Either-Or: A Monochromatic Weston Home vs. a Colorful Salem Manse
This month, we compare a Colonial in a country setting just west of the city with a 19th-century brick home on the North Shore.
Matthew Ortins/Lux Life Productions (Weston); Mike d’Amore/Remark Visions (Salem)
|9 Newton Street, Weston||Sale Price: $1,265,000||38 Chestnut Street, Salem|
2,841 square feet
Days on Market
6,113 square feet
It’s no secret that your money goes further outside the city, but what about from one suburb to the next? With matching sale tags but vastly different footprints, these two homes prove that some towns offer better buys than others. The first, a nearly 3,000-square-foot Weston Colonial, was expanded and remodeled before the South End firm Simplemente Blanco finessed the space, bringing in pale oak floors and all-white finishes in the kitchen and bathrooms.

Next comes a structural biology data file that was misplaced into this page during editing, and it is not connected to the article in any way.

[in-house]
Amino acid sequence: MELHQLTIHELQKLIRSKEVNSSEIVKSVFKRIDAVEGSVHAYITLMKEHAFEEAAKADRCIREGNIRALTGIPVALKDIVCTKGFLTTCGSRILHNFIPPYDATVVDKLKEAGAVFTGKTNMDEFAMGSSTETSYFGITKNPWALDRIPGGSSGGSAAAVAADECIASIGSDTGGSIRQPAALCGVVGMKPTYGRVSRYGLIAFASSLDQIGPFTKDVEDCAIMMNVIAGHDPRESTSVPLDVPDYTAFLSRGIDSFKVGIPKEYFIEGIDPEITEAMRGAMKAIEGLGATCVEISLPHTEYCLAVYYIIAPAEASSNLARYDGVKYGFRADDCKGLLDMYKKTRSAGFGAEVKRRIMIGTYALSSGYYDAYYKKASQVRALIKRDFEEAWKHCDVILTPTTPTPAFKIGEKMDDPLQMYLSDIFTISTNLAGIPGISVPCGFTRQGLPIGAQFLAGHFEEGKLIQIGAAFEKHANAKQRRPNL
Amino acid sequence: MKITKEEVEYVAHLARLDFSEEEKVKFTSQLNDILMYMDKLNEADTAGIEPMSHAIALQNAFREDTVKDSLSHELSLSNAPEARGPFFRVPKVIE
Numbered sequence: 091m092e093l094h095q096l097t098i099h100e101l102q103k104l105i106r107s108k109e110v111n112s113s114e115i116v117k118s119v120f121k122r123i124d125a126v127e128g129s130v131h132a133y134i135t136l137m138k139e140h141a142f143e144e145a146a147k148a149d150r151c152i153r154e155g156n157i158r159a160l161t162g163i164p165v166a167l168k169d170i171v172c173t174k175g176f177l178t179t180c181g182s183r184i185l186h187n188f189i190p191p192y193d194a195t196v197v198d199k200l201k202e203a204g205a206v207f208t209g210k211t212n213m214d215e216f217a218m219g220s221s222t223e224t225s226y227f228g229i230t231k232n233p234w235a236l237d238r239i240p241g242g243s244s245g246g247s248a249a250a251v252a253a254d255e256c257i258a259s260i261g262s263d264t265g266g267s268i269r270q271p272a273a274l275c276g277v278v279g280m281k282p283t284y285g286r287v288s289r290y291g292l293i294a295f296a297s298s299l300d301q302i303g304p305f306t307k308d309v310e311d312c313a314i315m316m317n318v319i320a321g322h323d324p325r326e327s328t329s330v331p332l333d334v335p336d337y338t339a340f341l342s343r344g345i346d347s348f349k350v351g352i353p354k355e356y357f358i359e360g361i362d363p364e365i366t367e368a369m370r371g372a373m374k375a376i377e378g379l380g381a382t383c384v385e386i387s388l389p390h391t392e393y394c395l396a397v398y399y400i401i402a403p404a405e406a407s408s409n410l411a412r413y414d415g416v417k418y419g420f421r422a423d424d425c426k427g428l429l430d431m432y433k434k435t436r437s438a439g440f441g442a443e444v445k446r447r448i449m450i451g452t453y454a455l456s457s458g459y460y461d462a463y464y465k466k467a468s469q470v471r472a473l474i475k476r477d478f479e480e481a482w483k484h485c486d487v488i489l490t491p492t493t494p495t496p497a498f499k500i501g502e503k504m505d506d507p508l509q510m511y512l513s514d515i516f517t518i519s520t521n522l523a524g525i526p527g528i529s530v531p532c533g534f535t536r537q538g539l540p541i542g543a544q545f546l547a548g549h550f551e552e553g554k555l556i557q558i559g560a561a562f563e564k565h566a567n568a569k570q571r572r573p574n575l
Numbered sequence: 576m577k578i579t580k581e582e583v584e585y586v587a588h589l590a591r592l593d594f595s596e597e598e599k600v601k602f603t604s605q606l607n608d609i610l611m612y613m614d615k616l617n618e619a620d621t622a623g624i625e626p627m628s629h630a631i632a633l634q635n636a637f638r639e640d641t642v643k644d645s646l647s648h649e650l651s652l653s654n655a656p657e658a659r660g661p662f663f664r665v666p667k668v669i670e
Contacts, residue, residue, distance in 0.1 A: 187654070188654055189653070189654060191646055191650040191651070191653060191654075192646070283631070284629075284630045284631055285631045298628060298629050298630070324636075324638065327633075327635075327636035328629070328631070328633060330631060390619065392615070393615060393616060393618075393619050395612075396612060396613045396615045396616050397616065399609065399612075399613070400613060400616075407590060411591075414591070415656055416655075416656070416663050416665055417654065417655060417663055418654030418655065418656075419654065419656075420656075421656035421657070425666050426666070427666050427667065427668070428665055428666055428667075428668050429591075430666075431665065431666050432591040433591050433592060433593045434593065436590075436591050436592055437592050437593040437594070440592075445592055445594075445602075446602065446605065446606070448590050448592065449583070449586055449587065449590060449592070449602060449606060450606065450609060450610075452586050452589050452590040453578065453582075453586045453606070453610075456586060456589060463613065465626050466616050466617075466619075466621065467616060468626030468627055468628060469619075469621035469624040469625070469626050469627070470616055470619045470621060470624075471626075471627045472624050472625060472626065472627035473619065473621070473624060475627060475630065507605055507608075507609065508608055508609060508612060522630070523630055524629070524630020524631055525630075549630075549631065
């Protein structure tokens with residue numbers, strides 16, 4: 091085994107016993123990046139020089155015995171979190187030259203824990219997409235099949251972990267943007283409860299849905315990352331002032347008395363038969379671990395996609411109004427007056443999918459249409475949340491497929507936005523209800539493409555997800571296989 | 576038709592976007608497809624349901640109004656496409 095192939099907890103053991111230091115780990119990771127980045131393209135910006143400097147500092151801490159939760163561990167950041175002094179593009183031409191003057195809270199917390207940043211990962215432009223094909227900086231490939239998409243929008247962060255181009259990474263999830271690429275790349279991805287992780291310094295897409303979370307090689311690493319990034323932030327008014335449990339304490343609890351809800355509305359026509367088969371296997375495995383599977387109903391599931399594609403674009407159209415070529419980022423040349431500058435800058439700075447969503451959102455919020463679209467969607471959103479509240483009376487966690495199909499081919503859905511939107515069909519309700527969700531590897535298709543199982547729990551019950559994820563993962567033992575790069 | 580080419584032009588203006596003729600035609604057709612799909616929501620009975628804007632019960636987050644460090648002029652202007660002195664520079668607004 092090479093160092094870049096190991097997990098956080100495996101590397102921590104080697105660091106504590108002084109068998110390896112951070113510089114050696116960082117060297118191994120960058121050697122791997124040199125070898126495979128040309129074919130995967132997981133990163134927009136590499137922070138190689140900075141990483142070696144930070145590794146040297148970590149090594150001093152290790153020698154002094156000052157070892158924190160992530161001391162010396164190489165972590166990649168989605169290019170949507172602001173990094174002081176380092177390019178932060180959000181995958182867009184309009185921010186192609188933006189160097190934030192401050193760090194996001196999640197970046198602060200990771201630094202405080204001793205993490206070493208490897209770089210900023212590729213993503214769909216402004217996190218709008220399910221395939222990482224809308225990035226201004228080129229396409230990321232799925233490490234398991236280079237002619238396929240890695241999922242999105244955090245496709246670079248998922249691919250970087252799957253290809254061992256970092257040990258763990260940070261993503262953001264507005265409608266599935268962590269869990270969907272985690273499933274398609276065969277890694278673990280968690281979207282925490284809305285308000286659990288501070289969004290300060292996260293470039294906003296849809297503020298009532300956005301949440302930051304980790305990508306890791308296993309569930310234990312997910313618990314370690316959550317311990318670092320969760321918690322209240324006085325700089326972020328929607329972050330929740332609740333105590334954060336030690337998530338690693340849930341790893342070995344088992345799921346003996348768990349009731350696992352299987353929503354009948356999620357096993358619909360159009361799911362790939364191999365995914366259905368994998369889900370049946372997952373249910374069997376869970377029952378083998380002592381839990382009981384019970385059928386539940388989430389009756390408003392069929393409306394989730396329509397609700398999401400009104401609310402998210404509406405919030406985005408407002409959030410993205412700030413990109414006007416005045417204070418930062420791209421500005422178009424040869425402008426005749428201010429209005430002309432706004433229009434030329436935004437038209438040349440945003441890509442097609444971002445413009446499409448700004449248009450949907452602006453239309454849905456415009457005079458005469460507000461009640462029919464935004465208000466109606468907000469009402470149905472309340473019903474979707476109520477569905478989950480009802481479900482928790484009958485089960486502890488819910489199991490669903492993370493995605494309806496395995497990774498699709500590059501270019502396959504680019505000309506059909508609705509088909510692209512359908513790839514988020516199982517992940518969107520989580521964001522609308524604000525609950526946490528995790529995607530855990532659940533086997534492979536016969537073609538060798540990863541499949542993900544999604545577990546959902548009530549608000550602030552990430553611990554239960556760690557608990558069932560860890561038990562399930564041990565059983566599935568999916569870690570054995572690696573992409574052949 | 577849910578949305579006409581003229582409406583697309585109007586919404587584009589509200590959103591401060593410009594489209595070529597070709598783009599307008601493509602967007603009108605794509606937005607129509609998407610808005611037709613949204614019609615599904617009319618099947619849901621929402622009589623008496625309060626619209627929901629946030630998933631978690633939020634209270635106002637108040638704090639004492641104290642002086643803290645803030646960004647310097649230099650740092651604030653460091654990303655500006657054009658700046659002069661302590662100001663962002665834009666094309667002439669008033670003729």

Compare that with a historical townhouse in Salem that’s more than double the size (with twice the number of bedrooms to boot). Taking a more transitional—and vibrant—approach to its design, it showcases traditional Ionic columns, crown molding, and a sweeping staircase harking back to its 1845 glory. Ultimately, the size and aesthetic of both homes proved popular with buyers: The Zen Weston pad sold for $16,000 more than its asking price, while its lively northern neighbor received two offers within two days of being listed.
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